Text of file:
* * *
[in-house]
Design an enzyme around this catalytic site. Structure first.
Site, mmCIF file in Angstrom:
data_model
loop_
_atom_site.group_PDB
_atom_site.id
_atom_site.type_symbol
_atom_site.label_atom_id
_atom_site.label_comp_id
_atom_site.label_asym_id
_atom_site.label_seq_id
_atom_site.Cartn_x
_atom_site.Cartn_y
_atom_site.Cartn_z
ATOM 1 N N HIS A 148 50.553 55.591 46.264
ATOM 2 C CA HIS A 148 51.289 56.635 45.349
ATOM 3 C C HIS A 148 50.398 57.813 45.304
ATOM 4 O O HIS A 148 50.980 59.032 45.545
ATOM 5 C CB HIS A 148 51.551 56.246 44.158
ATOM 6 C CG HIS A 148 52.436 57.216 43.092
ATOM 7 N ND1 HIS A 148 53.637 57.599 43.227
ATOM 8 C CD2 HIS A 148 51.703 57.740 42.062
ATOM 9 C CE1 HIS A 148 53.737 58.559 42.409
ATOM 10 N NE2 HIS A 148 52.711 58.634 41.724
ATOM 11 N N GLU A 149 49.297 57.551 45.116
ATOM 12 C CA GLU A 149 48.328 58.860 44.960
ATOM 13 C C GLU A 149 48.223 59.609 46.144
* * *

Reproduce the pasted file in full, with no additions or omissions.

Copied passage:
[in-house]
Design an enzyme around this catalytic site. Structure first.
Site, mmCIF file in Angstrom:
data_model
loop_
_atom_site.group_PDB
_atom_site.id
_atom_site.type_symbol
_atom_site.label_atom_id
_atom_site.label_comp_id
_atom_site.label_asym_id
_atom_site.label_seq_id
_atom_site.Cartn_x
_atom_site.Cartn_y
_atom_site.Cartn_z
ATOM 1 N N HIS A 148 50.553 55.591 46.264
ATOM 2 C CA HIS A 148 51.289 56.635 45.349
ATOM 3 C C HIS A 148 50.398 57.813 45.304
ATOM 4 O O HIS A 148 50.980 59.032 45.545
ATOM 5 C CB HIS A 148 51.551 56.246 44.158
ATOM 6 C CG HIS A 148 52.436 57.216 43.092
ATOM 7 N ND1 HIS A 148 53.637 57.599 43.227
ATOM 8 C CD2 HIS A 148 51.703 57.740 42.062
ATOM 9 C CE1 HIS A 148 53.737 58.559 42.409
ATOM 10 N NE2 HIS A 148 52.711 58.634 41.724
ATOM 11 N N GLU A 149 49.297 57.551 45.116
ATOM 12 C CA GLU A 149 48.328 58.860 44.960
ATOM 13 C C GLU A 149 48.223 59.609 46.144